1. Jet Hits Hangar at Santa Monica Airport & Starts Deadly Fire
A Cessna business jet crashed into a hangar at Santa Monica Airport on Sunday after landing at 6:20
pm. Firefighters believe it would have been impossible for anyone to survive the crash. The hangar
collapsed and a high-temperature fire started. The National Transportation Safety Board (NTSB) is
investigating the cause of the crash. The identities of passengers and the number of passengers on the
plane at the time of the crash is unclear.
The twin-engine Cessna 525A jet is capable of holding eight passengers and two crew members.
Residents in nearby homes heard an explosion and ran to the scene. Smoke could be seen above the
airport for hours while the hangar burned. The plane had departed from Hailey, Idaho. It caught on fire
after crashing into one hangar and the fire spread to two others. The hangar collapsed on top of the jet,
and the jet will have to be uncovered using a crane.
Four ambulances and six fire engines were at the scene. Captain John Nevandro of the Santa Monica
Fire Department said, “It was an unsurvivable crash.” The jet fuel caused a high-temperature blaze, and
initially, firefighters could not safely enter the hangar or identify the tail number on the jet. The NTSB
arrived at the scene on Sunday and is conducting an investigation. The runway is still closed and the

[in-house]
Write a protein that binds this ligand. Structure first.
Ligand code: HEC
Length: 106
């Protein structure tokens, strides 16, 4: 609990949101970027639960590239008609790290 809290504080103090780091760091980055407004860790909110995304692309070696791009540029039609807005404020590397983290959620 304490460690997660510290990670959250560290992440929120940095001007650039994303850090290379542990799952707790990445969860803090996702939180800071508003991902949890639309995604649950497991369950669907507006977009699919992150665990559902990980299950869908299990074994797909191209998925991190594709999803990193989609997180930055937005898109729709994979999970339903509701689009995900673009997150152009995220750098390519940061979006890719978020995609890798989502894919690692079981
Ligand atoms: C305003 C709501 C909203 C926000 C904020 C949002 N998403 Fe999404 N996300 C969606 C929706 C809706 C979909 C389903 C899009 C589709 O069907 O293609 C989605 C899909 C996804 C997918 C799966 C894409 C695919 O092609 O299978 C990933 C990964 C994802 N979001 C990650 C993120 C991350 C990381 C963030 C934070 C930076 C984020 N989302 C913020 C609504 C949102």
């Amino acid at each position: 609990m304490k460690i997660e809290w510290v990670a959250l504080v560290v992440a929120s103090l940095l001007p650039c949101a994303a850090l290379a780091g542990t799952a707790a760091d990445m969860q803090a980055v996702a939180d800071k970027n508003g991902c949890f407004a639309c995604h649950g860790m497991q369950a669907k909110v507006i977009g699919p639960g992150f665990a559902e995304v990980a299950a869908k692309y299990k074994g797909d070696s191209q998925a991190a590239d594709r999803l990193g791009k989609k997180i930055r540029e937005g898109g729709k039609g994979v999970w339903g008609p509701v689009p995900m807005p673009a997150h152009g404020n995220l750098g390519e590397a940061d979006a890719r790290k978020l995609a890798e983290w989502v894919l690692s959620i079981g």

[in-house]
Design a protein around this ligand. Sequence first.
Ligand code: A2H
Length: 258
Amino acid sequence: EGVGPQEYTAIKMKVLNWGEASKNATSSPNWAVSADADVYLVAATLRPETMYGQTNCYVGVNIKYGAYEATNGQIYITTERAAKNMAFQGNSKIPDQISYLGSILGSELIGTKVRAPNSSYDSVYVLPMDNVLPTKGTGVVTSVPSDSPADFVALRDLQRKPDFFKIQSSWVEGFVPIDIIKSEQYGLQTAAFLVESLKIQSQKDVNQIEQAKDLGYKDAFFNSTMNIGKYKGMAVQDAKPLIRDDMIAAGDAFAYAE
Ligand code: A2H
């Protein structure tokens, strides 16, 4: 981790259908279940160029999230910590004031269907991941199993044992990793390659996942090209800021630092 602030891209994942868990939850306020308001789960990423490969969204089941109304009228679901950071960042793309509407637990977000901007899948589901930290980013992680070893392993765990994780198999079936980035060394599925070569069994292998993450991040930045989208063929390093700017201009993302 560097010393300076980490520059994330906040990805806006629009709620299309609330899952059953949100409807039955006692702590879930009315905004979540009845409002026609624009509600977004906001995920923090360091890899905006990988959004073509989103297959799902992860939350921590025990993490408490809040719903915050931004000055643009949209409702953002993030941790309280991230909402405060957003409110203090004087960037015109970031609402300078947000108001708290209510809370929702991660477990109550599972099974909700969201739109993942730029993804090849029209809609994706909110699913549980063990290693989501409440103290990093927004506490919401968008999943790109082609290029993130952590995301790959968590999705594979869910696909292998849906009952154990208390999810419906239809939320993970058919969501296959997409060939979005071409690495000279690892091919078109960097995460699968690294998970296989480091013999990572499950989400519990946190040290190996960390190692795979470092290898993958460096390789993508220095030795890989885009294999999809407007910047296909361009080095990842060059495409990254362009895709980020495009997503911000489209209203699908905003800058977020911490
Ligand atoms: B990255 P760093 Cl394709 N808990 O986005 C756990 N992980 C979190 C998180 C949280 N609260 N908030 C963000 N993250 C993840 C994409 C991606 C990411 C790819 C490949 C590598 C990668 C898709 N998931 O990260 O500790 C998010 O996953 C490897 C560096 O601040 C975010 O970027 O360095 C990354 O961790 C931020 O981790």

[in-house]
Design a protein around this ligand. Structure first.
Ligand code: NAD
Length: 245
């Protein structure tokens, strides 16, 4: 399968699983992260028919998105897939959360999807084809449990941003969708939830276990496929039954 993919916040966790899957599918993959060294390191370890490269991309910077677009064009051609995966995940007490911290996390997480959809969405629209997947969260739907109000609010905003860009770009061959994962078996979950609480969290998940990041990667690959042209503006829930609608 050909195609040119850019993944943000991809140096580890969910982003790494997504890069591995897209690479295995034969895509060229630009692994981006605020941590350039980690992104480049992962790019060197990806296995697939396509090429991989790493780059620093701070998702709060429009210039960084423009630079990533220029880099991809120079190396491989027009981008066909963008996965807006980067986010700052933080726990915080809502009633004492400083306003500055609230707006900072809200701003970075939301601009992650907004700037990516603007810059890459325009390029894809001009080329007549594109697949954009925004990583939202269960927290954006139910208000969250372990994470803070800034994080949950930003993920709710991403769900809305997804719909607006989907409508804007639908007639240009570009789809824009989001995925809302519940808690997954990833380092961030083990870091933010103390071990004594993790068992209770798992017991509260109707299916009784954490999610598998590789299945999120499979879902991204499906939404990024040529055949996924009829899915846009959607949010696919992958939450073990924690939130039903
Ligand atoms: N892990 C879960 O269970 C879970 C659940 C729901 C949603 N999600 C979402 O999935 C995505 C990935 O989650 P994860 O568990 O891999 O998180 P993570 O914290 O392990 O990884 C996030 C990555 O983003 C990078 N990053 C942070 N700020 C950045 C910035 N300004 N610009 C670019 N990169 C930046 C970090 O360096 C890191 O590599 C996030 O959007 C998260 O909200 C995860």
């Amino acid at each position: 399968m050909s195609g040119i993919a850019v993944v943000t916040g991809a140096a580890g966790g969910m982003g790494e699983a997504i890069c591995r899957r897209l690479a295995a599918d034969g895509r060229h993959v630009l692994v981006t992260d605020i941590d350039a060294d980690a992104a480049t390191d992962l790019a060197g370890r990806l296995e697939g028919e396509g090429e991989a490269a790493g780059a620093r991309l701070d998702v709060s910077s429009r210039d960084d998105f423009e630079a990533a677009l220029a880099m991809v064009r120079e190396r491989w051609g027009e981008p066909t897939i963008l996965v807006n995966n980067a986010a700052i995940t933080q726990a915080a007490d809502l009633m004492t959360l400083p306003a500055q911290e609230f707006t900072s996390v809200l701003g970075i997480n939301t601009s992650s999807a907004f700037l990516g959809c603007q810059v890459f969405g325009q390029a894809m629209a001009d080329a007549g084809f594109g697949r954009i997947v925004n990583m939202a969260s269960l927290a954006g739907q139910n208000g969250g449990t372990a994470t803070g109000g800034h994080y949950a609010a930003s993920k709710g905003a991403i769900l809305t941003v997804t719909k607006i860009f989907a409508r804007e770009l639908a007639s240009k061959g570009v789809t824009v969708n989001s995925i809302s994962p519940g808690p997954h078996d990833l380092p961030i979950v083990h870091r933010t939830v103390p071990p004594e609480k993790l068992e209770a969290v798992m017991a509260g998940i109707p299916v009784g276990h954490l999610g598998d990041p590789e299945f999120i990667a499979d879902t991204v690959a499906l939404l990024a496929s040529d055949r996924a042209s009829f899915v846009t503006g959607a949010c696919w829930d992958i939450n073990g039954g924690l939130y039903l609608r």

NTSB is in the recovery stage of the process.
The jet was made in 2003, and Federal Aviation Administration records show it was registered to an
address in Malibu, California and to the owner of Creative Real Estate Exchange. The company is
based in Atlanta, Georgia and Birmingham, Alabama. The company has not commented on the
accident. The jet has no records of previous accidents or crashes. Witness Charles Thomson, a flight
instructor, said, “It wasn't an emergency landing. It was just a landing, and the tire popped afterwards.”
Last month, four people lost their lives when a Rockwell International Turbo Commander 690B
crashed into two homes in East Haven, Connecticut (approximately half a mile from the airport).
Additionally, two children were killed within one of the homes; their mother survived and a fire started
in both houses. The plane landed upside with its nose down. It had departed from New Jersey's
Teterboro Airport and was headed towards Tweed New Haven Airport. It was registered to Bill
Kenningsgaard, a former vice president of sales at Microsoft.
In August of last year, 70-year-old Sean McMillan died when his single-engine Cessna 210 crashed into
an intersection in a West Los Angeles neighborhood (nearby Olympic Boulevard and Westwood
Boulevard). A palm tree caught on fire and a wall of a home was damaged. McMillan had flow out of
Santa Monica Airport and declared an emergency three miles from the scene of the crash. It is believed
he was turning around to go back to the airport before crashing. McMillian was an attorney in
Westchester with the law firm Greenberg Traurig and a long-time volunteer on medical flights with